An Ohio man has been charged with murder after his girlfriend died of AIDS.
Ronald Murdock, 51, is accused of not telling his longtime girlfriend that he was HIV-positive, reports the New York Post.
Murdock was indicted on the February death of Kimberly Klempner, who died from having AIDS, according to her death certificate. He was also charged with felonious assault. Bond was set at $1.5 million on June 6.
According to the indictment, Murdock and Klempner had unprotected sex when he knew he was HIV positive, but he did not tell her. They were involved in a five-year relationship, said the victim's son, Josh Klempner.
Murdock’s wife discovered that Murdock and Kimberly were having an affair, and subsequently revealed to Kimberly that Murdock was HIV positive, the police report notes.
"By the time she found out and by the time everything was said and done, it was way too late," said the son. "She would have done anything for that man. And for him not to come out in the beginning and tell her what was going on was not right."
Ohio is one of 34 U.S. states and territories that have criminal statutes which allow prosecutions for allegations of non-disclosure, exposure and (although not required) transmission of the HIV virus, reports London-based organization Aidsmap.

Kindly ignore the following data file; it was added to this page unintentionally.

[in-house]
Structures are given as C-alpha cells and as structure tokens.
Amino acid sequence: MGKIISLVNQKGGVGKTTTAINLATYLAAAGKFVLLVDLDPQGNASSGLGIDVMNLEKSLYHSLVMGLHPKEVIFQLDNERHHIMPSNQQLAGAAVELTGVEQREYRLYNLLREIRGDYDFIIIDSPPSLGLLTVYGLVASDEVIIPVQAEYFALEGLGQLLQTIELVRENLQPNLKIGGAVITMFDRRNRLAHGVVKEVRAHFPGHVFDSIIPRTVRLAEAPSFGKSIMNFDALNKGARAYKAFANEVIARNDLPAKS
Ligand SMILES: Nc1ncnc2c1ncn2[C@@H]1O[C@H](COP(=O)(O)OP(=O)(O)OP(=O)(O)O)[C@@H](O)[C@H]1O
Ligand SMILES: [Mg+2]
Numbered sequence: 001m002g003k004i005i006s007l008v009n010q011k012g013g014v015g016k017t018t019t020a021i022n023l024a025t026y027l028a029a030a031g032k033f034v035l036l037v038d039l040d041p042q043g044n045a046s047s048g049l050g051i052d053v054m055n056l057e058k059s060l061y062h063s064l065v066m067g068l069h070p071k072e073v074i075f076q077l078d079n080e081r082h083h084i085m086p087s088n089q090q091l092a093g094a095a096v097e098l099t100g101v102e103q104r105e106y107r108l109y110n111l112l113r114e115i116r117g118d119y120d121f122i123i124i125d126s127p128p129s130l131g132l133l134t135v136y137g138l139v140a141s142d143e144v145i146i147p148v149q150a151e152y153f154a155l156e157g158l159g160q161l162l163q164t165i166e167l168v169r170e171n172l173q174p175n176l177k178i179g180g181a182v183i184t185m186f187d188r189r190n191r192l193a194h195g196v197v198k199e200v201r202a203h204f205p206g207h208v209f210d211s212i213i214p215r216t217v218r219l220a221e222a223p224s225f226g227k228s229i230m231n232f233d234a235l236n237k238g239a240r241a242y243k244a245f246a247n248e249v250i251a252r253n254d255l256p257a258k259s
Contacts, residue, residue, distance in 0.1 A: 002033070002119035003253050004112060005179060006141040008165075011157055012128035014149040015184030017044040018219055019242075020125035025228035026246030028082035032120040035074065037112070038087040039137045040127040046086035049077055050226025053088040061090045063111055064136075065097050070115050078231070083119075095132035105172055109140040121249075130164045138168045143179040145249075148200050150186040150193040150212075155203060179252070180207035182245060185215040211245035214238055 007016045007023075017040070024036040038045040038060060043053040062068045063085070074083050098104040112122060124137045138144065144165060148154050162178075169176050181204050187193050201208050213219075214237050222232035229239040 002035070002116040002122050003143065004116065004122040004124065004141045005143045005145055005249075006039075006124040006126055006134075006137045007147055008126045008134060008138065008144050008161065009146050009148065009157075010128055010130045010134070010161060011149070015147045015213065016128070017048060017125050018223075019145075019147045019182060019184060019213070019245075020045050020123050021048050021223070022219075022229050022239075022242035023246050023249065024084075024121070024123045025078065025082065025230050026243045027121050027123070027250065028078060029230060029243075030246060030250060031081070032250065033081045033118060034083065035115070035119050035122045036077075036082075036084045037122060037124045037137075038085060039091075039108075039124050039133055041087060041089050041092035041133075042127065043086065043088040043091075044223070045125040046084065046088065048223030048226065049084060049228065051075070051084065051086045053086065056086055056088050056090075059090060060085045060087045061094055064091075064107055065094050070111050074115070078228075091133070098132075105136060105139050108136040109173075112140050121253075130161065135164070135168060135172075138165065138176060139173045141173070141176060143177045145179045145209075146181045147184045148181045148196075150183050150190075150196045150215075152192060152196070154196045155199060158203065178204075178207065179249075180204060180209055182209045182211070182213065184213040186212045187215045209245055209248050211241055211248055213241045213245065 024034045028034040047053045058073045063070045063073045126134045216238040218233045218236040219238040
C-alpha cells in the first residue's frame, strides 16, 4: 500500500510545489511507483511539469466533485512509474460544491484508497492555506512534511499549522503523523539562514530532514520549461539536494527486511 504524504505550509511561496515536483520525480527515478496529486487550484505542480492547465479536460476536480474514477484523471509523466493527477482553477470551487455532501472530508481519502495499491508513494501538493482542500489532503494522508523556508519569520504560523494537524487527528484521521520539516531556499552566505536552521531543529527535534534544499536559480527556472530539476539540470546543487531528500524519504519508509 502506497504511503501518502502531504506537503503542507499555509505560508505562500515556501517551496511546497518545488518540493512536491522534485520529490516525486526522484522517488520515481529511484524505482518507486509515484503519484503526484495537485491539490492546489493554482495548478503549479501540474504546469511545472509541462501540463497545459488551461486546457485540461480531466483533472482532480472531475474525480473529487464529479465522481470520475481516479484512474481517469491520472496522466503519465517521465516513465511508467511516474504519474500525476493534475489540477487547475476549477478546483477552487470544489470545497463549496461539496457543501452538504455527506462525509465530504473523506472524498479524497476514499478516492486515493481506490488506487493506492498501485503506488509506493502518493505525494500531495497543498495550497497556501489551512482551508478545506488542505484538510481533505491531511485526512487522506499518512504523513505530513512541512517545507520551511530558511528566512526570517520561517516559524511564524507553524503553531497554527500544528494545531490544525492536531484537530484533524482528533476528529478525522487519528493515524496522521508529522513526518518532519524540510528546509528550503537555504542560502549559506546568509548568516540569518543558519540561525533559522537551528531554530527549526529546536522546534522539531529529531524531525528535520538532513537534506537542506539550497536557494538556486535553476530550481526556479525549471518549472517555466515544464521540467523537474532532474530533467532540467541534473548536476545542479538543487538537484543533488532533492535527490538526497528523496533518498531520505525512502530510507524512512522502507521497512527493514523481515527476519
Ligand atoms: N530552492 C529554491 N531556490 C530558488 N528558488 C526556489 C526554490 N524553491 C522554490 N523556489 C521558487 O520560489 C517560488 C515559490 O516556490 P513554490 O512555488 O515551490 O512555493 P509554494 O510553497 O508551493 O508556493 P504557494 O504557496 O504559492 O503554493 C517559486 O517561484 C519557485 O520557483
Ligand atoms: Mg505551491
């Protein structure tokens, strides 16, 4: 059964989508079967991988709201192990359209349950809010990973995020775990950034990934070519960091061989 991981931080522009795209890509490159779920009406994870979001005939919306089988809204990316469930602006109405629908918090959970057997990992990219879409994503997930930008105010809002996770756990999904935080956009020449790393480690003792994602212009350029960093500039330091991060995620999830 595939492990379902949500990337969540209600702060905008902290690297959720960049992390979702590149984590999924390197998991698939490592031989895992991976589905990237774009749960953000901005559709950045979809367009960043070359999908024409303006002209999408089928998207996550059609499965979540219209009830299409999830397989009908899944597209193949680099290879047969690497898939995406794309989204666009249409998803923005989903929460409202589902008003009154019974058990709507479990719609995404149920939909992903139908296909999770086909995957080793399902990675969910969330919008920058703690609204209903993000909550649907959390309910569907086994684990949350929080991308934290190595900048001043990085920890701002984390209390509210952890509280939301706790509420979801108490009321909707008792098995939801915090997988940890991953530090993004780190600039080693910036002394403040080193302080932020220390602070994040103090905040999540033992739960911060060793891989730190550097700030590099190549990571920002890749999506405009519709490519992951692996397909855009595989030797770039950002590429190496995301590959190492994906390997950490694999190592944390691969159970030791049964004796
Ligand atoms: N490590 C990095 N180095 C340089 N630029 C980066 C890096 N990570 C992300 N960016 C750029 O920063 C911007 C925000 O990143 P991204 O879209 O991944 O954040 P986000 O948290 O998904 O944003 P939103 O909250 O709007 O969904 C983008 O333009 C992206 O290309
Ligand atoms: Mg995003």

Prosecutions have occurred in at least 39 states under HIV-specific criminal laws or general criminal laws. Most of these laws treat HIV exposure as a felony, and people convicted under these laws are serving sentences of 30 years or more.
In one particularly notable case in 2008, a Texas jury convicted an HIV-positive man to 35 years in jail after concluding that his saliva was a "deadly weapon."
In March, an HIV-positive man was sentenced to 18 months in jail for having unprotected sex with two women. In that case, Daniel G. Cleaves was charged with two counts of reckless endangerment as a result of the sexual encounters, reports The Washington Post.
On different nights in 2014, he met women at a bar in downtown Bethesda, Maryland, and subsequently had unprotected sex with them. However, he did not tell them he was infected with HIV.
Cleaves' lawyer successfully argued that he had been taking antiretroviral drugs that greatly reduce the risk of spreading the virus, and a plea deal was reached. The HIV-related counts, which make it illegal to “knowingly transfer or attempt to transfer” HIV to another person, were dropped, and Cleaves pleaded guilty to the lesser charge of reckless endangerment.